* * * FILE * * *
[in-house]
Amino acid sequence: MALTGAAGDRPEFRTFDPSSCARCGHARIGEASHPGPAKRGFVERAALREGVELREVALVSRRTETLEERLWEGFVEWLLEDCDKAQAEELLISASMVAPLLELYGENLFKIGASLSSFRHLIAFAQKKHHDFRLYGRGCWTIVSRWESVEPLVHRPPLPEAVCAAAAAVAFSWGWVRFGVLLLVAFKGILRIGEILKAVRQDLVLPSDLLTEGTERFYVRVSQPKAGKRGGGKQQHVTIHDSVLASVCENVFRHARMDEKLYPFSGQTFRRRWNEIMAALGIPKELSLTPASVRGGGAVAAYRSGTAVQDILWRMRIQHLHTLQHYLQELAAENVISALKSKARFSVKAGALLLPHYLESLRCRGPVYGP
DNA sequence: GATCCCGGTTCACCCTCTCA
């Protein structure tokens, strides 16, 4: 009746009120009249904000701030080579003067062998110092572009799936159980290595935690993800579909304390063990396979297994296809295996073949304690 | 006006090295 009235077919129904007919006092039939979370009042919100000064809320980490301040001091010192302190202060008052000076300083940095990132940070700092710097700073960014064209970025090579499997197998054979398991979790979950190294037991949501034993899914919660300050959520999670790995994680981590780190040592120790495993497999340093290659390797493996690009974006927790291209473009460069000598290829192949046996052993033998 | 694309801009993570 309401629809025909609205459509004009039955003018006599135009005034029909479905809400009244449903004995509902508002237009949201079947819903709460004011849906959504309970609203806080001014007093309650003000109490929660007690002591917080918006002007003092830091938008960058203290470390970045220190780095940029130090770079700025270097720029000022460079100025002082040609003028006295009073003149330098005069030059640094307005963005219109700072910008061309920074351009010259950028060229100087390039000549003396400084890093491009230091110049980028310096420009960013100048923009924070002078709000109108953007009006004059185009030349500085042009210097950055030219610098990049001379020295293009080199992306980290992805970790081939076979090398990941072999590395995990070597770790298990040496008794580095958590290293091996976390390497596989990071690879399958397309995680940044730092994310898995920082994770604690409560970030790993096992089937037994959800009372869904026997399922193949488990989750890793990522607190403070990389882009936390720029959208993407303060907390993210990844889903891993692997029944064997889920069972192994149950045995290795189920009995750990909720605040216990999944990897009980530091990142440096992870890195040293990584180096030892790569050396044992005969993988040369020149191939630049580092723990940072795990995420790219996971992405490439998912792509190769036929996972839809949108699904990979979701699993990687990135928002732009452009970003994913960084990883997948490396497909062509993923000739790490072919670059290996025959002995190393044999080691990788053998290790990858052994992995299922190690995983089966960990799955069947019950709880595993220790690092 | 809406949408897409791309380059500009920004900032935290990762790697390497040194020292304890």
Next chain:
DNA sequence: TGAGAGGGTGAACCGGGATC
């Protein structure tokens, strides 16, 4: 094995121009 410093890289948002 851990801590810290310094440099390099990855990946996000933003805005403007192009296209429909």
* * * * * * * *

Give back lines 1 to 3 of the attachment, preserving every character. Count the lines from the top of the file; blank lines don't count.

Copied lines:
[in-house]
Amino acid sequence: MALTGAAGDRPEFRTFDPSSCARCGHARIGEASHPGPAKRGFVERAALREGVELREVALVSRRTETLEERLWEGFVEWLLEDCDKAQAEELLISASMVAPLLELYGENLFKIGASLSSFRHLIAFAQKKHHDFRLYGRGCWTIVSRWESVEPLVHRPPLPEAVCAAAAAVAFSWGWVRFGVLLLVAFKGILRIGEILKAVRQDLVLPSDLLTEGTERFYVRVSQPKAGKRGGGKQQHVTIHDSVLASVCENVFRHARMDEKLYPFSGQTFRRRWNEIMAALGIPKELSLTPASVRGGGAVAAYRSGTAVQDILWRMRIQHLHTLQHYLQELAAENVISALKSKARFSVKAGALLLPHYLESLRCRGPVYGP
DNA sequence: GATCCCGGTTCACCCTCTCA